The Hive quits buzzing to make way for the Belgian beer-focused Mash & Lauter | Food
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Monday, January 4, 2016

The Hive quits buzzing to make way for the Belgian beer-focused Mash & Lauter

Posted by on Mon, Jan 4, 2016 at 4:28 PM

click to enlarge Trophy Brewing co-founders David Meeker, David "Woody" Lockwood, Chris Powers and head brewer Les Stewart - PHOTO BY JUSTIN COOK
  • Photo by Justin Cook
  • Trophy Brewing co-founders David Meeker, David "Woody" Lockwood, Chris Powers and head brewer Les Stewart
Only a few weeks after opening the second, expanded location of Trophy Brewing Company, Chris Powers and his business partners David Meeker and Woody Lockwood are already feeling restless.

Over the weekend, they announced that The Hive, upstairs from the group's Busy Bee Café in downtown Raleigh, would close. (Contrary to a Triangle Business Journal flub, Busy Bee itself isn't closing.) In its place will be Mash & Lauter, a beer-focused restaurant with a menu built around Belgian brews. Mash & Lauter diverges from Trophy and the crew's other beer business, State of Beer, with this regional specialty. Powers estimates Mash & Lauter should open within the next 10 days or so, following some minor renovations and new furniture installations.

Taking a break from staff training for Mash & Lauter, he caught up with the INDY to discuss the new niche arrival.

INDY: When did you make the decision to close The Hive?
Chris Powers: We made the decision to transition to Mash & Lauter in late November. The more time you spend up there, you could see that The Hive was something we wanted to evolve from. Being up there on evenings and weekends are great. It’s fun, there’s DJs and dancing and stuff, but people thought of The Hive as just that. What we’re passionate about is craft beer. That’s the basis of all of our business, craft beer. We really wanted to hone in on the thing that makes us excited about what we’re doing, and that was Belgian beer.

What made you want to open up an establishment that would have a comparatively narrow focus?
There’s something different about beer culture in Belgium than there is in the United States. We’re going to treat beer with the respect that it deserves. We’re going to treat it like some of the experiences that you would get at a wine bar or a restaurant that focuses on wine. It’s a curated list of bottles that we have. We’ve worked with distributors to make sure they are available to us in the U.S. We’ve collected things over the years, vintage stuff that we can present, and we’re doing quite a bit of training with the staff so that they understand what makes these beers special, why they’re so great, what we have in here that could make somebody excited about beer.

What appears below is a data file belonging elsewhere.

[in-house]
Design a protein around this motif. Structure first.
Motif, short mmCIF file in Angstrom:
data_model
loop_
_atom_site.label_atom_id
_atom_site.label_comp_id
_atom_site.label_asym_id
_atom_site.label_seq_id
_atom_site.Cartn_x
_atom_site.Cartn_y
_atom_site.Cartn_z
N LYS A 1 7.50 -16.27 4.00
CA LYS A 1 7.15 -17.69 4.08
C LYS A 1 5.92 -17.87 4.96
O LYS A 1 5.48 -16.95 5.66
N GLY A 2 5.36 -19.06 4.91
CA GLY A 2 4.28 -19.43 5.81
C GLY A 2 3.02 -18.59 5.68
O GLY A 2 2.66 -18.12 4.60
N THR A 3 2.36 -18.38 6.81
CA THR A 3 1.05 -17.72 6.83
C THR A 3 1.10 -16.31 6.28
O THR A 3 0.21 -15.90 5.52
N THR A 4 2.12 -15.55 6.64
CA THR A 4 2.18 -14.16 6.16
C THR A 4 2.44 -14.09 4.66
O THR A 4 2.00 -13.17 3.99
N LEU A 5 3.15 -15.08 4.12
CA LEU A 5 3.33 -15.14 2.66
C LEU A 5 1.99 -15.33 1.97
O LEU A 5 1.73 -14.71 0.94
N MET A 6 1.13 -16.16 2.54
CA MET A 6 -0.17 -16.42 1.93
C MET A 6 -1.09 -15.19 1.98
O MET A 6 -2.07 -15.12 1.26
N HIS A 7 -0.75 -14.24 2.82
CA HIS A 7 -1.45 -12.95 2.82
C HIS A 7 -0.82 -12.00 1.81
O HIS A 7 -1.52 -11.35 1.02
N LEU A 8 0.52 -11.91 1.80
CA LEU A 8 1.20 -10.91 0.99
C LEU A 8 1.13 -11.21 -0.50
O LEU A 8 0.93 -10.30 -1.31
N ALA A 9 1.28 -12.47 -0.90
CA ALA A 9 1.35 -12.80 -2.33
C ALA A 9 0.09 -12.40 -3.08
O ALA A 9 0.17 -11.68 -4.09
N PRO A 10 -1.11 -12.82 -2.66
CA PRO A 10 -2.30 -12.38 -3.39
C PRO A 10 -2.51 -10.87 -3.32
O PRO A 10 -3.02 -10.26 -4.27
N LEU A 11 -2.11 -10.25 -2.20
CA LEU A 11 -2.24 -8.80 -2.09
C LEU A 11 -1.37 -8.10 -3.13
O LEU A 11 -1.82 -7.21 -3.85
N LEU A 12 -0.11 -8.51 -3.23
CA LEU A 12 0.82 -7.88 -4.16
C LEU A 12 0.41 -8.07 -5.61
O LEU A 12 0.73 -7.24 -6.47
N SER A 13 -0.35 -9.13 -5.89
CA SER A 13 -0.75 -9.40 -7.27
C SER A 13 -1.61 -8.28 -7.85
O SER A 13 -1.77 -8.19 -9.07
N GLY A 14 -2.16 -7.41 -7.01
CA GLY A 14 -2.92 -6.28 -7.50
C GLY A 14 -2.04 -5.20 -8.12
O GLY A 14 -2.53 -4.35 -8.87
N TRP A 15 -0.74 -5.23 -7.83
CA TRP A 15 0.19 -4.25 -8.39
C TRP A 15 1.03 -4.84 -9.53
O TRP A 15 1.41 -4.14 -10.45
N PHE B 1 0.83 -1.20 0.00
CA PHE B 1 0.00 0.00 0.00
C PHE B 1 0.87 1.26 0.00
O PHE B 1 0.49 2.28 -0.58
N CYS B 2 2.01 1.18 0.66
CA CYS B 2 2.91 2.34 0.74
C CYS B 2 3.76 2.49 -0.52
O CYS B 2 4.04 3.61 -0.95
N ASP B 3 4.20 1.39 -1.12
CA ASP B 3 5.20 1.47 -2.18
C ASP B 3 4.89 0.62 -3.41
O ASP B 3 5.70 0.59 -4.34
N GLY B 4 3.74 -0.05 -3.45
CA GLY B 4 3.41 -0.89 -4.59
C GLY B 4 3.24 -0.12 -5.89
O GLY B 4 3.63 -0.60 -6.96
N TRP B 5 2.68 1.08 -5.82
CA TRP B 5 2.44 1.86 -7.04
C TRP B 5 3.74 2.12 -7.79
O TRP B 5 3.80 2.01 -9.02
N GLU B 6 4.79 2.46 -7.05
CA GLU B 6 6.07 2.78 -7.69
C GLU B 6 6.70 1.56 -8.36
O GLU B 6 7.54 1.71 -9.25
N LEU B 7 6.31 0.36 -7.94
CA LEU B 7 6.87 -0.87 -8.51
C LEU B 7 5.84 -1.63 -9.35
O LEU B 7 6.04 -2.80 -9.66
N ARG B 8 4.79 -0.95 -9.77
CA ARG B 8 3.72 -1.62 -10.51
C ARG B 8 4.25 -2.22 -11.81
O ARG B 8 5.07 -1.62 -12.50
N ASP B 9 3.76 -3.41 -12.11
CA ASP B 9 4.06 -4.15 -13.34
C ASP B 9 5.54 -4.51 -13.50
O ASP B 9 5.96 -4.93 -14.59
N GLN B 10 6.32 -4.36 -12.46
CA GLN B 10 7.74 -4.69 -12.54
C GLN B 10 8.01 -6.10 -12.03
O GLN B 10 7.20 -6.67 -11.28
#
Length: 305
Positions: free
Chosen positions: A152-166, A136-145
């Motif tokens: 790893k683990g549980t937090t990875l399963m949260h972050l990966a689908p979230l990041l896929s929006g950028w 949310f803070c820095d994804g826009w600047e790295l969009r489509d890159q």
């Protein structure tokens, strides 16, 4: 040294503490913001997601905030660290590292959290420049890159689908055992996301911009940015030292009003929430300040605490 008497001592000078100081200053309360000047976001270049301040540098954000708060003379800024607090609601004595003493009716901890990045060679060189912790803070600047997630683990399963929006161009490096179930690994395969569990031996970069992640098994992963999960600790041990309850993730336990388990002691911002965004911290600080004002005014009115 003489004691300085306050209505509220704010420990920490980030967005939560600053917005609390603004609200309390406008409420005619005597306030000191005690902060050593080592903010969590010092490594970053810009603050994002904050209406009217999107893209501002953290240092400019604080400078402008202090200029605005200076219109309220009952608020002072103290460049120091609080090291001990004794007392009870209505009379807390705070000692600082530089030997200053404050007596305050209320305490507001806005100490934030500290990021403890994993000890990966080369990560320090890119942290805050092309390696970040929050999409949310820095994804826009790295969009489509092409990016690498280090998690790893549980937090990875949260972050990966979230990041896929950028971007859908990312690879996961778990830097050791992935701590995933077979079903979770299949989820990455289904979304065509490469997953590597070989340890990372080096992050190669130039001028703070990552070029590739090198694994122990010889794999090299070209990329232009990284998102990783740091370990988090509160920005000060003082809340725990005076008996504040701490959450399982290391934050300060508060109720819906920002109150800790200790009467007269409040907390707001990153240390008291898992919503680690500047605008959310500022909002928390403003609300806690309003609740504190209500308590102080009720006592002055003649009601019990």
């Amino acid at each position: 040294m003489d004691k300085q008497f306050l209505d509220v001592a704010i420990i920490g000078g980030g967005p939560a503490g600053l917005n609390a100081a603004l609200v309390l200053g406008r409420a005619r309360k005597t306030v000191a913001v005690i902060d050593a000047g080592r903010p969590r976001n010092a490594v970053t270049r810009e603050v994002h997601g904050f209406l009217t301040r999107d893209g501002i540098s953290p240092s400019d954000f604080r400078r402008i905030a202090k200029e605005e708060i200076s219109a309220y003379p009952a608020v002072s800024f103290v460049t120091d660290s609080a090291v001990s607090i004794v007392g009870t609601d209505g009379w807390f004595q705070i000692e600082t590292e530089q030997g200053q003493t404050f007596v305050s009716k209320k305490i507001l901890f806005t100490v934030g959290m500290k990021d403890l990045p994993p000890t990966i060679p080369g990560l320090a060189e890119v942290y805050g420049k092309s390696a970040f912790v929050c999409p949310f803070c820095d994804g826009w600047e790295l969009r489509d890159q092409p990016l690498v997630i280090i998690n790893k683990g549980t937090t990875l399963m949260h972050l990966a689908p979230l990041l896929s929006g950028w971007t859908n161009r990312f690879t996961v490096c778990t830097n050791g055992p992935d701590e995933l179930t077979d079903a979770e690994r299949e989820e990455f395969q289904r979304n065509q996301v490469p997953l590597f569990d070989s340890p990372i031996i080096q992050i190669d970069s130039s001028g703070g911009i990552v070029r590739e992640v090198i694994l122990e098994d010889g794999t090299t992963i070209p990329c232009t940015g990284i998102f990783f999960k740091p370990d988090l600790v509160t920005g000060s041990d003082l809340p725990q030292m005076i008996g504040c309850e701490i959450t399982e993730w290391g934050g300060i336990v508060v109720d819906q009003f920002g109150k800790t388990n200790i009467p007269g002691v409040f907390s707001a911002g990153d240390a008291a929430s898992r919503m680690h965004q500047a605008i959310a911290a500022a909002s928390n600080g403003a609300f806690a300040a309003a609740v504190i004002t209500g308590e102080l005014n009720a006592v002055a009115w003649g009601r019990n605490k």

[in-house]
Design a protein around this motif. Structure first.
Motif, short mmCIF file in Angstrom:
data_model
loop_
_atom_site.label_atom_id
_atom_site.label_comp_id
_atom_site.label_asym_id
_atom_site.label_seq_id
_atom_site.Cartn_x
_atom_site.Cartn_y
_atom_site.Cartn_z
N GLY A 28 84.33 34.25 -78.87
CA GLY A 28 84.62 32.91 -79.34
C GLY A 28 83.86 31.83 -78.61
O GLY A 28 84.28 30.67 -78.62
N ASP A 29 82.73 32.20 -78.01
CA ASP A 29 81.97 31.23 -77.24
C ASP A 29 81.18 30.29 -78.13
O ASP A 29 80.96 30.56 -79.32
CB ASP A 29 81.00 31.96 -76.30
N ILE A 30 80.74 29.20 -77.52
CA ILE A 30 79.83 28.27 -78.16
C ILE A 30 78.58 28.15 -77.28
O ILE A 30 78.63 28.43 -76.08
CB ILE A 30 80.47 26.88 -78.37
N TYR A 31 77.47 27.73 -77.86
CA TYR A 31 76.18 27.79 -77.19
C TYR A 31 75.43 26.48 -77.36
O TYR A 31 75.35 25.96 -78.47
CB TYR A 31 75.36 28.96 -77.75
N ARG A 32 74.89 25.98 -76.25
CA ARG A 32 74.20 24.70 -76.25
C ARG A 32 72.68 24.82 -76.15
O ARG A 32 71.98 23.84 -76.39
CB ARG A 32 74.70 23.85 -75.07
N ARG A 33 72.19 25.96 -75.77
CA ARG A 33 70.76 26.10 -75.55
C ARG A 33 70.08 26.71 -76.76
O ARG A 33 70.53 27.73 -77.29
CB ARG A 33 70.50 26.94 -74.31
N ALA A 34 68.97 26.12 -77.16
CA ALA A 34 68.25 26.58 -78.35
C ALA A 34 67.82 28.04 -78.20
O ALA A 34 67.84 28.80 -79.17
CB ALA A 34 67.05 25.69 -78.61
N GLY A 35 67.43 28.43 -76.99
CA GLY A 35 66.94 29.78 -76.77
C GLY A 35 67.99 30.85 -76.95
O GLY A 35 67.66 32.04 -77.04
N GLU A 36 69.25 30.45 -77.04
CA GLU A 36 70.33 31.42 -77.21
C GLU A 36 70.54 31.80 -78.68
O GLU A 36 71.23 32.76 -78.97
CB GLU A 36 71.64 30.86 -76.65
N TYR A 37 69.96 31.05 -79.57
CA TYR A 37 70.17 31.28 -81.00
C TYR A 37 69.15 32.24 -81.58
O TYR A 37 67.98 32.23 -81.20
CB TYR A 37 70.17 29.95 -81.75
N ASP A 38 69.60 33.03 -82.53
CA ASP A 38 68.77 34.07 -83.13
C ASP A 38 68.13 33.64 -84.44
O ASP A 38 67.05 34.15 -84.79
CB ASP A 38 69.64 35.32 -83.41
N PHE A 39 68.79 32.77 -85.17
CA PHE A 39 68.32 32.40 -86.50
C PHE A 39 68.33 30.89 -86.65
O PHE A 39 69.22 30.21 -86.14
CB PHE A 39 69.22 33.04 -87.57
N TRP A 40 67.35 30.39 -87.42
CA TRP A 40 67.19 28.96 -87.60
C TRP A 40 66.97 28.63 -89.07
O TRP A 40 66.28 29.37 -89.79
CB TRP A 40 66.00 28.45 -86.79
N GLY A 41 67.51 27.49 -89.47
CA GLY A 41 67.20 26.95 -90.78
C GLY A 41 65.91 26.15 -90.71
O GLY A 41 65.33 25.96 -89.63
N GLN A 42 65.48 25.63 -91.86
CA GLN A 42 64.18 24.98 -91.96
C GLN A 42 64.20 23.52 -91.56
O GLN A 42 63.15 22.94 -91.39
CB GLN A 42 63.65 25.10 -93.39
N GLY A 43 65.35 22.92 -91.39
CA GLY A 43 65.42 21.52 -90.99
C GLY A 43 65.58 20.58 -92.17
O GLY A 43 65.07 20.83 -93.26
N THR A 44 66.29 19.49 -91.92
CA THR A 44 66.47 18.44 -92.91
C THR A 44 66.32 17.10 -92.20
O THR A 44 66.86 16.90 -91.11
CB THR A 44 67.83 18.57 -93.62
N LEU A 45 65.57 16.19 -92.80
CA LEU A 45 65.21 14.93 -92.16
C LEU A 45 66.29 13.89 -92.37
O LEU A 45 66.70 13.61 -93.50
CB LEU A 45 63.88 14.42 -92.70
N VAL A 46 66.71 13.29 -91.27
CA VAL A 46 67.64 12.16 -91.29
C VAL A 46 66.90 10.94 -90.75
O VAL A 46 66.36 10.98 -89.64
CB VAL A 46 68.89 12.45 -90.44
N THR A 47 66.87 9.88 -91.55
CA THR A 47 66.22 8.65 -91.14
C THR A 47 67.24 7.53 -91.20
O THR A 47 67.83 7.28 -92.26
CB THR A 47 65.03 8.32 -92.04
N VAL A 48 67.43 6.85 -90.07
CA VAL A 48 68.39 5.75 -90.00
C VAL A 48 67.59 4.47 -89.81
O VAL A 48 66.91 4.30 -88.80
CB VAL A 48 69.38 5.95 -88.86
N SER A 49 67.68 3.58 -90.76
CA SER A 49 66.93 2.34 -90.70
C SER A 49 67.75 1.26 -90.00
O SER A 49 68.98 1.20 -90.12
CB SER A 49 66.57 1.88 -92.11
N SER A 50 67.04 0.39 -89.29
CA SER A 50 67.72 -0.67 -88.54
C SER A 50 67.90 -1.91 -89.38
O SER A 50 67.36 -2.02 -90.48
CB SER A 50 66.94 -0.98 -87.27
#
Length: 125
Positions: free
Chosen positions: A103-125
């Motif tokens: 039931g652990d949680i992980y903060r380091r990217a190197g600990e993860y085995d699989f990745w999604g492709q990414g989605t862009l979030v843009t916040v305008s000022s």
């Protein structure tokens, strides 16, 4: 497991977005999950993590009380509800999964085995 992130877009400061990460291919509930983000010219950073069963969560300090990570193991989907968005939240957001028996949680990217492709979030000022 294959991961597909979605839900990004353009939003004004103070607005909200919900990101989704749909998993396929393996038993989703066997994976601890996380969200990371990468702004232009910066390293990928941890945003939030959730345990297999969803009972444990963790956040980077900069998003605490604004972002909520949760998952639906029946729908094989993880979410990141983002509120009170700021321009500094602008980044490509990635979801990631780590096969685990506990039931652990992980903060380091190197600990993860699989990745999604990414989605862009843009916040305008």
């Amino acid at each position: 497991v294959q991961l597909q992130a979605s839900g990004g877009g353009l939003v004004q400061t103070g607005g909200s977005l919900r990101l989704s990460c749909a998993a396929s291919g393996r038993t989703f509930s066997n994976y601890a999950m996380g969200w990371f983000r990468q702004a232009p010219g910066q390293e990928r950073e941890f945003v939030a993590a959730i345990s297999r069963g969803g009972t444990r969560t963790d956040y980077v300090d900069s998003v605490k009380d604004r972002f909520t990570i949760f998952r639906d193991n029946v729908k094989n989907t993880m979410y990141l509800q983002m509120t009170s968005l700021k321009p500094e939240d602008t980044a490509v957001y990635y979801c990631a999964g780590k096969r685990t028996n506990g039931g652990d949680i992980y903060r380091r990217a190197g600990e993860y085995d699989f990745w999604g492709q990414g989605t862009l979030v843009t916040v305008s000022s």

What’s the menu going to look like?
The menu is a focus on local products that we can use to pair with these international beers. We’re working with Boulted bread. We’re working with Yellow Dog. We’re going to be getting a lot of stuff from Raleigh City Farm. These dishes are going to be things that you can pair with the beer—local charcuterie, local cheeses, mussels. We’re going to evolve the burger that we serve downstairs, which is all North Carolina beef, to have a European flavor with farmer cheese, cornichons and a house-made beer mustard. We even offer a Belgian waffle for dessert.

What, for you, is so special about Belgian beers?

The history is really, really interesting and really, really important. There’s a big difference in the way that beers are brewed in Belgium and how they are in the United States. Belgian beers typically focus on the brewing process. In America, a lot of the focus of beer is extreme flavors—who can make the hoppiest beers, who can make the craziest flavored beer. In Belgium, people focus on tradition, consistency and integrating these house flavors, which really make these beers special. You can taste what the beer is, but also, where it was brewed.

Are you going to be brewing any of your own Belgian-style beers?
Yes, we are. Trophy is going to be producing a house beer for Mash & Lauter. We went to a bar in Belgium called De Garre, in Bruges. You order this beer, and it’s, like, the only beer that they serve there, but it’s the beer that everybody goes for. That was our inspiration. We’re going to challenge the brewers over at little Trophy on Morgan to come up with a beer that we could serve all the time that goes well with food and is approachable to the middle clientele—the people who are into craft beer and have been into craft beer for a long time, and also people that are just getting into it.

You’ve got this spot to work on and the new Trophy, plus your other ventures. Why do you like to stay so busy?

We’re gluttons for punishment. Having multiple things happening at the same time keeps it interesting for us and also for our guests. We have a huge team of folks that make the execution of these things possible. We have a management team that helps execute the vision and the plans for these things. But continuing to do more and evolve and change is important. You can’t just open a place and expect it to live like that forever. You have to grow and change. Beer tastes in North Carolina have changed, and we’re trying to adapt to that.

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